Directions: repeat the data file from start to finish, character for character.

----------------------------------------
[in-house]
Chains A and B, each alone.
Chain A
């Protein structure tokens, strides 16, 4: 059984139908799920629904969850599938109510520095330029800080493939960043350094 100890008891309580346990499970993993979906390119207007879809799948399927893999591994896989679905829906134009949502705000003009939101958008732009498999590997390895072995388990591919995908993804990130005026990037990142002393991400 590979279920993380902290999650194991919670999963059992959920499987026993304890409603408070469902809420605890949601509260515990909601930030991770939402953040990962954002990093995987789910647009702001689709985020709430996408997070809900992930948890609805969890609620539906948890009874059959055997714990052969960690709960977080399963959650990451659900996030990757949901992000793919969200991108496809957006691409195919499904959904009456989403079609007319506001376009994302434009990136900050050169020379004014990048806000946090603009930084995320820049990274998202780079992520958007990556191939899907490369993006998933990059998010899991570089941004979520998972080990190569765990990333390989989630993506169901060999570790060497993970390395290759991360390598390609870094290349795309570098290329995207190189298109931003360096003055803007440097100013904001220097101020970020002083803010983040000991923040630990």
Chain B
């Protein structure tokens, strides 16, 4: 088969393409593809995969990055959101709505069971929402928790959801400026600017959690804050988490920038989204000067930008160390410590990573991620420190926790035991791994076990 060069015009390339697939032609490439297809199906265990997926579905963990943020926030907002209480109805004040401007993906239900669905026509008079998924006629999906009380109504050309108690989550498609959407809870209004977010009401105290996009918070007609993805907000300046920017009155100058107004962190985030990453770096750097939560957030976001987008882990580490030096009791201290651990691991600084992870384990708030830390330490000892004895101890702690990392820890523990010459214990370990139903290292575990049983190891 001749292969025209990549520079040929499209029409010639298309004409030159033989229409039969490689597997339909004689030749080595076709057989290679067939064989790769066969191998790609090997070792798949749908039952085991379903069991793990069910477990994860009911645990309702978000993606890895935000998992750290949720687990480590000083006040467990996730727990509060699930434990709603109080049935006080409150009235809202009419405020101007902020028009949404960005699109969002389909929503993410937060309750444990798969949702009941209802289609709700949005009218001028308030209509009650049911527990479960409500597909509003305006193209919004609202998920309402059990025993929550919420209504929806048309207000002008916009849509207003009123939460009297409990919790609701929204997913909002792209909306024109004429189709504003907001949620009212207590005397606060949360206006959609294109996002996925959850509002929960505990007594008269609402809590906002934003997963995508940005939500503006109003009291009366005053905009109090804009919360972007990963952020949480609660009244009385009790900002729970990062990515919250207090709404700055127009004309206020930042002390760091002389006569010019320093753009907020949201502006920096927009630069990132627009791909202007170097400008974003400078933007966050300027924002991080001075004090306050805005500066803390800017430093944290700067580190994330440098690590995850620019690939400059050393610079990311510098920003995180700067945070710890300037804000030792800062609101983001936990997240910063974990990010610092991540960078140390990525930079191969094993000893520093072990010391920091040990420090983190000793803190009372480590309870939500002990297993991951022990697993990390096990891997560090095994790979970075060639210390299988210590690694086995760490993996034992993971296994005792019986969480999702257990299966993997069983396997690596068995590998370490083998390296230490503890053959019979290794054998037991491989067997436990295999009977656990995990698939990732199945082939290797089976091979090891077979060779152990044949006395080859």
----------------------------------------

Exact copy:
[in-house]
Chains A and B, each alone.
Chain A
């Protein structure tokens, strides 16, 4: 059984139908799920629904969850599938109510520095330029800080493939960043350094 100890008891309580346990499970993993979906390119207007879809799948399927893999591994896989679905829906134009949502705000003009939101958008732009498999590997390895072995388990591919995908993804990130005026990037990142002393991400 590979279920993380902290999650194991919670999963059992959920499987026993304890409603408070469902809420605890949601509260515990909601930030991770939402953040990962954002990093995987789910647009702001689709985020709430996408997070809900992930948890609805969890609620539906948890009874059959055997714990052969960690709960977080399963959650990451659900996030990757949901992000793919969200991108496809957006691409195919499904959904009456989403079609007319506001376009994302434009990136900050050169020379004014990048806000946090603009930084995320820049990274998202780079992520958007990556191939899907490369993006998933990059998010899991570089941004979520998972080990190569765990990333390989989630993506169901060999570790060497993970390395290759991360390598390609870094290349795309570098290329995207190189298109931003360096003055803007440097100013904001220097101020970020002083803010983040000991923040630990």
Chain B
């Protein structure tokens, strides 16, 4: 088969393409593809995969990055959101709505069971929402928790959801400026600017959690804050988490920038989204000067930008160390410590990573991620420190926790035991791994076990 060069015009390339697939032609490439297809199906265990997926579905963990943020926030907002209480109805004040401007993906239900669905026509008079998924006629999906009380109504050309108690989550498609959407809870209004977010009401105290996009918070007609993805907000300046920017009155100058107004962190985030990453770096750097939560957030976001987008882990580490030096009791201290651990691991600084992870384990708030830390330490000892004895101890702690990392820890523990010459214990370990139903290292575990049983190891 001749292969025209990549520079040929499209029409010639298309004409030159033989229409039969490689597997339909004689030749080595076709057989290679067939064989790769066969191998790609090997070792798949749908039952085991379903069991793990069910477990994860009911645990309702978000993606890895935000998992750290949720687990480590000083006040467990996730727990509060699930434990709603109080049935006080409150009235809202009419405020101007902020028009949404960005699109969002389909929503993410937060309750444990798969949702009941209802289609709700949005009218001028308030209509009650049911527990479960409500597909509003305006193209919004609202998920309402059990025993929550919420209504929806048309207000002008916009849509207003009123939460009297409990919790609701929204997913909002792209909306024109004429189709504003907001949620009212207590005397606060949360206006959609294109996002996925959850509002929960505990007594008269609402809590906002934003997963995508940005939500503006109003009291009366005053905009109090804009919360972007990963952020949480609660009244009385009790900002729970990062990515919250207090709404700055127009004309206020930042002390760091002389006569010019320093753009907020949201502006920096927009630069990132627009791909202007170097400008974003400078933007966050300027924002991080001075004090306050805005500066803390800017430093944290700067580190994330440098690590995850620019690939400059050393610079990311510098920003995180700067945070710890300037804000030792800062609101983001936990997240910063974990990010610092991540960078140390990525930079191969094993000893520093072990010391920091040990420090983190000793803190009372480590309870939500002990297993991951022990697993990390096990891997560090095994790979970075060639210390299988210590690694086995760490993996034992993971296994005792019986969480999702257990299966993997069983396997690596068995590998370490083998390296230490503890053959019979290794054998037991491989067997436990295999009977656990995990698939990732199945082939290797089976091979090891077979060779152990044949006395080859």